Pacing

A story should have different paces to its telling and showing (Anae 2017). I feel that when there is action, it should be, to a certain extent, fast paced, giving the reader a sense of urgency to pull them into the action. It would also give the writer a moment to go with the flow, to get caught up in the story and be able to express what they wish to show the reader with a clearer vision. After some fast paced action, I think the story should take on a slower pace, because the fast pace scenes can invariably create new normal’s for the characters.

After taking the reader on a fast paced ride, reducing the post wall action scene in my story, to the pre shadow scene, would likely ensure a certain amount of deflation in the mind of the reader, and could possibly loose them at that point.

King (2000) notes that, ‘there appears to be an unspoken belief in publishing circles that the most commercially successful stories and novels are fast-paced’ (p. 220), but goes onto state that this belief is, ‘largely bullshit’ (p. 221). Burroway (2007) notes that in literature, ‘when people talk, they convey much more than information in their dialogue’ (p. 92). Dialogue also works for the author, ‘to reveal themselves, advance the plot, fill in the past, control the pace, establish the tone, foreshadow the future and establish the mood’ (Burroway 2007, p. 92) Brown says that, ‘a successful writing for children dialogue will be, by and large, fast paced with at least some humour’ (2007). The Milly story has become fast paced in its show and tell and attempts to make the reader laugh and cry, as they also experience the children’s journey.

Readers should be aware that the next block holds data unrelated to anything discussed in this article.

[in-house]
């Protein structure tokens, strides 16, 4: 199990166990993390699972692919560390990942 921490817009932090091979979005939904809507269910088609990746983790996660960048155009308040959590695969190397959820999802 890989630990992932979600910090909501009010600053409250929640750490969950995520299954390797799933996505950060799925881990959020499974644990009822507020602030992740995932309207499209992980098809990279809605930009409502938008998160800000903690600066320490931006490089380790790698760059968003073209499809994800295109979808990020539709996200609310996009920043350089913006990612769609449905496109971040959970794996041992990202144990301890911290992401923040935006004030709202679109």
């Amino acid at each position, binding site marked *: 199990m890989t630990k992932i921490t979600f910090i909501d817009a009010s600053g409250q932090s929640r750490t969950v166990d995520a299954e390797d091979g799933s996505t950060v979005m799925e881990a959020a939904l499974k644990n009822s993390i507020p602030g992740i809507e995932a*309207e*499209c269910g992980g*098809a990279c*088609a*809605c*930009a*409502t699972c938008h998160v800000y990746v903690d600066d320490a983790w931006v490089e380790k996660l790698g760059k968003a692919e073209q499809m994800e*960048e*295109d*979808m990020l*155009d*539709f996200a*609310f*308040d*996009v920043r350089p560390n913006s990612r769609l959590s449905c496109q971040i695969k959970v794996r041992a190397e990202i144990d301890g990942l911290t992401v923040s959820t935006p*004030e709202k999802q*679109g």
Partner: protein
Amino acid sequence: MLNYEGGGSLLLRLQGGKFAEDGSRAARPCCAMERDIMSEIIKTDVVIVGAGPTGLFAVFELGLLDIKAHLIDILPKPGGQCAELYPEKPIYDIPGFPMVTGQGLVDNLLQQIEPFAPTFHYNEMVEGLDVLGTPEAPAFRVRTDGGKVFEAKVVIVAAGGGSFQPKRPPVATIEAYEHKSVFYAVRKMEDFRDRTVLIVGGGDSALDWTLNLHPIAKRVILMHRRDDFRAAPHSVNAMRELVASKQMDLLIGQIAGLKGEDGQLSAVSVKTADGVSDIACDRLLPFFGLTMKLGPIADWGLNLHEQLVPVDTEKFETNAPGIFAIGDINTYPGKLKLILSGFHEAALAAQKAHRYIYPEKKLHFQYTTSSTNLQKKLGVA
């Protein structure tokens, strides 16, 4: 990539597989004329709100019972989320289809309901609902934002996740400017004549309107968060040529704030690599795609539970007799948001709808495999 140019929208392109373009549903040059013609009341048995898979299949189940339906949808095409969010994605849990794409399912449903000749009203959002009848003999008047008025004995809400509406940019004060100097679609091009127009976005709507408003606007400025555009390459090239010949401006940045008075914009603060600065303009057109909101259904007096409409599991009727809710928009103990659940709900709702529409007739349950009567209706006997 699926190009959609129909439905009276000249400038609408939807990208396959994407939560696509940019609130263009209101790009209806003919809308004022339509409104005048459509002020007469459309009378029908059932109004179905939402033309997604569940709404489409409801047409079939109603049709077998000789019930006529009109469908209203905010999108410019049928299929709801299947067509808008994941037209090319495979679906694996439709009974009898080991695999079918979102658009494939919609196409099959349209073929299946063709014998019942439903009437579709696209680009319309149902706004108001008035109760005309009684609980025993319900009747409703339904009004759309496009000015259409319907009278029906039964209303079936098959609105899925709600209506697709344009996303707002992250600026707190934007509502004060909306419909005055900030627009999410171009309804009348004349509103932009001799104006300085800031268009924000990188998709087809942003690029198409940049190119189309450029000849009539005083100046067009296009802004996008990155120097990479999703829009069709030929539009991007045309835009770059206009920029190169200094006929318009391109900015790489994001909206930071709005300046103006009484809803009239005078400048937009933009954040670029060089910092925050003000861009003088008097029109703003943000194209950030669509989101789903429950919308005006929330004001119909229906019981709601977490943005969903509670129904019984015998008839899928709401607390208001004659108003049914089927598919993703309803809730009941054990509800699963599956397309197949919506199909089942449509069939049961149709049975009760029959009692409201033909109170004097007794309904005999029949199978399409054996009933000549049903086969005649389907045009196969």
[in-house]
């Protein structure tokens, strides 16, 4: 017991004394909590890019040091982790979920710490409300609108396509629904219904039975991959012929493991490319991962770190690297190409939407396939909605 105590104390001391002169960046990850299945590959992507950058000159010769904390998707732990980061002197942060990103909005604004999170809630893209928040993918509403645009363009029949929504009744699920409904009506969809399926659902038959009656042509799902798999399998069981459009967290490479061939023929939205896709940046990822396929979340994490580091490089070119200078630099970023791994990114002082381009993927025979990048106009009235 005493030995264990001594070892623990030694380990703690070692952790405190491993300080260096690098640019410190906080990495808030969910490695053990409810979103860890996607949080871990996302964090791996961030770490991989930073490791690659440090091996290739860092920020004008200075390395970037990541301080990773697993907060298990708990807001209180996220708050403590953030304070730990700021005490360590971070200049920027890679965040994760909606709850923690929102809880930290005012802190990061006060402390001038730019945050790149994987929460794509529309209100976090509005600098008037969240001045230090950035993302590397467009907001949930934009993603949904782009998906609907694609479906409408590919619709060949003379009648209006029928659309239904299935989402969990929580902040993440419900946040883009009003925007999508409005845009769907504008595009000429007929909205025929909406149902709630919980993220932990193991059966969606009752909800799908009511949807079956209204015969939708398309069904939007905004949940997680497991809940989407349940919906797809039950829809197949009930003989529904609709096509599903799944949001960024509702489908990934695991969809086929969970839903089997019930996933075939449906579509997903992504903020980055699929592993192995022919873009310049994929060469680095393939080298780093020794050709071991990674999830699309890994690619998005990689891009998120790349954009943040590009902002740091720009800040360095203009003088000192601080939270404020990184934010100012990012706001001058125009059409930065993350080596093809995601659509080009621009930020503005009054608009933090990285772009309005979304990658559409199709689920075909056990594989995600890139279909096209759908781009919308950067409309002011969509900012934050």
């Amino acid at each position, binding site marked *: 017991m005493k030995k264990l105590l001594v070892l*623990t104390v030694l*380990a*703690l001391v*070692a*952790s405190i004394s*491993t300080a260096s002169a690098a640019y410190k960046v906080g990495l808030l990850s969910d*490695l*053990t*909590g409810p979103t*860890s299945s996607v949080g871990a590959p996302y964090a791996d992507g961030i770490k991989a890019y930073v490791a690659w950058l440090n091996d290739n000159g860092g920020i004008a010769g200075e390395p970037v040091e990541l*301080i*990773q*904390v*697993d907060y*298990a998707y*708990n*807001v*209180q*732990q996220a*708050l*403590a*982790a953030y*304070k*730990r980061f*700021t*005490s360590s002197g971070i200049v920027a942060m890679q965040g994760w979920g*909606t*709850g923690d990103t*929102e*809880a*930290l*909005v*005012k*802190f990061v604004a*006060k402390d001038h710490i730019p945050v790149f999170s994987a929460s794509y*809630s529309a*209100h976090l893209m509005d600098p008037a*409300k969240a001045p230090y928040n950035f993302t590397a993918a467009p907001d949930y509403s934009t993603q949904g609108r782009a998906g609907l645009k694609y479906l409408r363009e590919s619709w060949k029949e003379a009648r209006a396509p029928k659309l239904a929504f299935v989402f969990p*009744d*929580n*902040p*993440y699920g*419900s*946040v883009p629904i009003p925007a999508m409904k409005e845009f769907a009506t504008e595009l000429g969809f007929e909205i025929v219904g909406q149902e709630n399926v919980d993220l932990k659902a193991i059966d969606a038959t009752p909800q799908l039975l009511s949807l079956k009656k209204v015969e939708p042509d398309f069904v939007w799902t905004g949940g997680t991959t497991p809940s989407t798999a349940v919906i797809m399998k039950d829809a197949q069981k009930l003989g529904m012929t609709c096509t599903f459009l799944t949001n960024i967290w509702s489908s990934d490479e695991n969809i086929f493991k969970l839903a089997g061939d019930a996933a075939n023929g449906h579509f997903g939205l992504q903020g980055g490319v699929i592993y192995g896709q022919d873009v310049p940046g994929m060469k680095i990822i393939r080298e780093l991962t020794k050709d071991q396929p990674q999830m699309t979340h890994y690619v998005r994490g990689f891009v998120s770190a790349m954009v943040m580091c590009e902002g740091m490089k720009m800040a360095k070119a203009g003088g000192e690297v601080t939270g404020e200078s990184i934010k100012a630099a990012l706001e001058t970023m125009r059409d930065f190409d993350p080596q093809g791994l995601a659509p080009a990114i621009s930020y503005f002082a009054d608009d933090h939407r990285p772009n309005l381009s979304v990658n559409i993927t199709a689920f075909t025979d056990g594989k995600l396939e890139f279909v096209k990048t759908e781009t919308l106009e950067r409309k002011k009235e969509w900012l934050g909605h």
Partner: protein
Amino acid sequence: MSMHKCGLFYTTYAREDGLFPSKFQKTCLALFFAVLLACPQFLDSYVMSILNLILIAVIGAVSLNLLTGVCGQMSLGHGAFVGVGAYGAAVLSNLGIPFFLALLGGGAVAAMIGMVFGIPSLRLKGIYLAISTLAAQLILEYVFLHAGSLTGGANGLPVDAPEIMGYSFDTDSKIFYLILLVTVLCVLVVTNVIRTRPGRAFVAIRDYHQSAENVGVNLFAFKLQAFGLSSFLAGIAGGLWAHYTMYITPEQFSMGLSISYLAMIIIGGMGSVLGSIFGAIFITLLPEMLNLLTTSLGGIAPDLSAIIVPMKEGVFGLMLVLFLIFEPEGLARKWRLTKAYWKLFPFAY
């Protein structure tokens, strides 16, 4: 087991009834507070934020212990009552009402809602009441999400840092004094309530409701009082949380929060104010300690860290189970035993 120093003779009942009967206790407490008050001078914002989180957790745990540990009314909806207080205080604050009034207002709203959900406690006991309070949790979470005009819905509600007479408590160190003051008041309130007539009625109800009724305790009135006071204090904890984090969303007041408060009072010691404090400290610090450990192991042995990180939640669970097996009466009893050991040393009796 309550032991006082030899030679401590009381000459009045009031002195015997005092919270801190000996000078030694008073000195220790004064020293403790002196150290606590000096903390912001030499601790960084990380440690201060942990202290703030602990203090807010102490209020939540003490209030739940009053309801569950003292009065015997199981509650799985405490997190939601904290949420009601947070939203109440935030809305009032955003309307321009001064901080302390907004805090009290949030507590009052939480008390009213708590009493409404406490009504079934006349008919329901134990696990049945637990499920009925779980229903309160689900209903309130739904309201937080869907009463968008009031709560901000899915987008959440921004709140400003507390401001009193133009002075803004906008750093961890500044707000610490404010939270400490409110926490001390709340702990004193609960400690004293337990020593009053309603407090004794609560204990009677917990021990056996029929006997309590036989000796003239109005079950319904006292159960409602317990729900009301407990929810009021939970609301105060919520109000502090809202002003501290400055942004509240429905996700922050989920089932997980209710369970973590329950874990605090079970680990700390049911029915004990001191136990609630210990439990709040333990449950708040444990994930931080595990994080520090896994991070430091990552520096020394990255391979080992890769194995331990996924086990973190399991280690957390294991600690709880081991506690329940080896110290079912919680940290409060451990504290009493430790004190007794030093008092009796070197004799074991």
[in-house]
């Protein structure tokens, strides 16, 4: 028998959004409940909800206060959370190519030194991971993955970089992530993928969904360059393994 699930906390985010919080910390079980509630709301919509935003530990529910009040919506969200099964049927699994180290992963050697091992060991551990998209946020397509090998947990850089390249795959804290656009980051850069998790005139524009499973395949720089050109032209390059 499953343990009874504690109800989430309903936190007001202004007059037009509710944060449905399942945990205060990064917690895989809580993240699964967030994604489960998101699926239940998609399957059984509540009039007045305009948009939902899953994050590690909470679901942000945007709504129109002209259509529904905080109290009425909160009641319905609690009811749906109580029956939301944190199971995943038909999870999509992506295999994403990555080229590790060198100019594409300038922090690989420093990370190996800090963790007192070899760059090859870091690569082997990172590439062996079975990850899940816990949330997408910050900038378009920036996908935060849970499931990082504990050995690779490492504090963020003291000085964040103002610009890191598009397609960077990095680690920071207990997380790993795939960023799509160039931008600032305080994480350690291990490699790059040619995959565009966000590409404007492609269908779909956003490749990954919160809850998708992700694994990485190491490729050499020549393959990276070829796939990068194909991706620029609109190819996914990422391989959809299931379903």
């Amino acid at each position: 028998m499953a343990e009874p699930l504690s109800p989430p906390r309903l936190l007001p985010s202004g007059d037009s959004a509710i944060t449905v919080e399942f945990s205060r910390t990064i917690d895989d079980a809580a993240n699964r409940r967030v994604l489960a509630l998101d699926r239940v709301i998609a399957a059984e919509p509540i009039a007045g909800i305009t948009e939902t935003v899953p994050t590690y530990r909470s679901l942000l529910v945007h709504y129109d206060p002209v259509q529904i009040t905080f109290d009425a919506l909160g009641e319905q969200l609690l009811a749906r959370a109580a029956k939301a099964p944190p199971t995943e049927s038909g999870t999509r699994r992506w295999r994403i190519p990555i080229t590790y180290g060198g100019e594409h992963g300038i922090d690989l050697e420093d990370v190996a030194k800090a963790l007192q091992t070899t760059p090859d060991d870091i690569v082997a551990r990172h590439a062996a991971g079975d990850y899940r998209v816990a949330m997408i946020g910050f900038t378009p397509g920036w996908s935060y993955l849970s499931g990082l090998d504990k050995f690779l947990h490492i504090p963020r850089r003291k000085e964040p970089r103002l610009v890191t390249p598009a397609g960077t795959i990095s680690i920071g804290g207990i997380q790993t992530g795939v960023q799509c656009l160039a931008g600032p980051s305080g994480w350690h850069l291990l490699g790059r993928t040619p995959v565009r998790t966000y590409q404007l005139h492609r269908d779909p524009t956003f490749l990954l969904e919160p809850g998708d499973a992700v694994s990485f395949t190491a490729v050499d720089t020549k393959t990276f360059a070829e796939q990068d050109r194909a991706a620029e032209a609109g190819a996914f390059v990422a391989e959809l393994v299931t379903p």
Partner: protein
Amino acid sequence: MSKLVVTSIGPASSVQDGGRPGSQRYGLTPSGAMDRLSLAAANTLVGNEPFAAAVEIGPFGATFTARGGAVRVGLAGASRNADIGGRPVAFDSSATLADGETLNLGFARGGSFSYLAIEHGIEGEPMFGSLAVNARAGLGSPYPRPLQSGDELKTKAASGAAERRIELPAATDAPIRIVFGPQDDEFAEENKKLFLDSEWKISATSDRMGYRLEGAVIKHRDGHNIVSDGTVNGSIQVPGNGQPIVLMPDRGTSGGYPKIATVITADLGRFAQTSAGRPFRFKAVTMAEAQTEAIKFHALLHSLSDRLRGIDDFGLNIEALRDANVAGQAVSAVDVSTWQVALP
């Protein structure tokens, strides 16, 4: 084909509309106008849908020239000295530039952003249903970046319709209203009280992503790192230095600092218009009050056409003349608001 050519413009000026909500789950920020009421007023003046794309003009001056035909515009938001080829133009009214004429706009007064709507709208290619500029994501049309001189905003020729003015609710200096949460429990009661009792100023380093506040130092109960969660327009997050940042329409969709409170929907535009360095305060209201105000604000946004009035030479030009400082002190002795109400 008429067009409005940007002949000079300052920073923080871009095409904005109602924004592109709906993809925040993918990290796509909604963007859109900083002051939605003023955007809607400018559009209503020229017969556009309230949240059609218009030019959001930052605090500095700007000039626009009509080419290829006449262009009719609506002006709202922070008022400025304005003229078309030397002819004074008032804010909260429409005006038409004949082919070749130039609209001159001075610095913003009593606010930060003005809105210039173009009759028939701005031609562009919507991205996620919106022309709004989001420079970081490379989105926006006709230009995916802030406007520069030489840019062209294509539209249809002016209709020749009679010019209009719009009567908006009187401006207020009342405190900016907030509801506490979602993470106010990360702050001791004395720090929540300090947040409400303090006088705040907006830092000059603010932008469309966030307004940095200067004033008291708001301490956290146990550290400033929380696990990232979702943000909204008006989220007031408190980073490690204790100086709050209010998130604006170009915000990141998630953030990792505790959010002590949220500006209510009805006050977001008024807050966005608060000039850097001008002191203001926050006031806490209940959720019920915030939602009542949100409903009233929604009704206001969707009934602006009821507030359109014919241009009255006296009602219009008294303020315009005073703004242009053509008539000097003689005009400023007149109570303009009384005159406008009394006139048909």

Anae, DN 2017, The fundamentals of writing: fiction, PowerPoint presentation, CF08: Master of letters, CQUniversity e-Units, http://moodle.cqu.edu.au

Brown, A 2007, ‘Writing for children’, in S Earnshaw (ed.), The handbook of creative writing, Edinburgh University Press, Edinburgh.

Burroway, J 2007, Imaginative writing: elements of craft, Pearson, Florida.

King, S 2000, On writing: a memoir of the craft , Simon & Schuster, New York.

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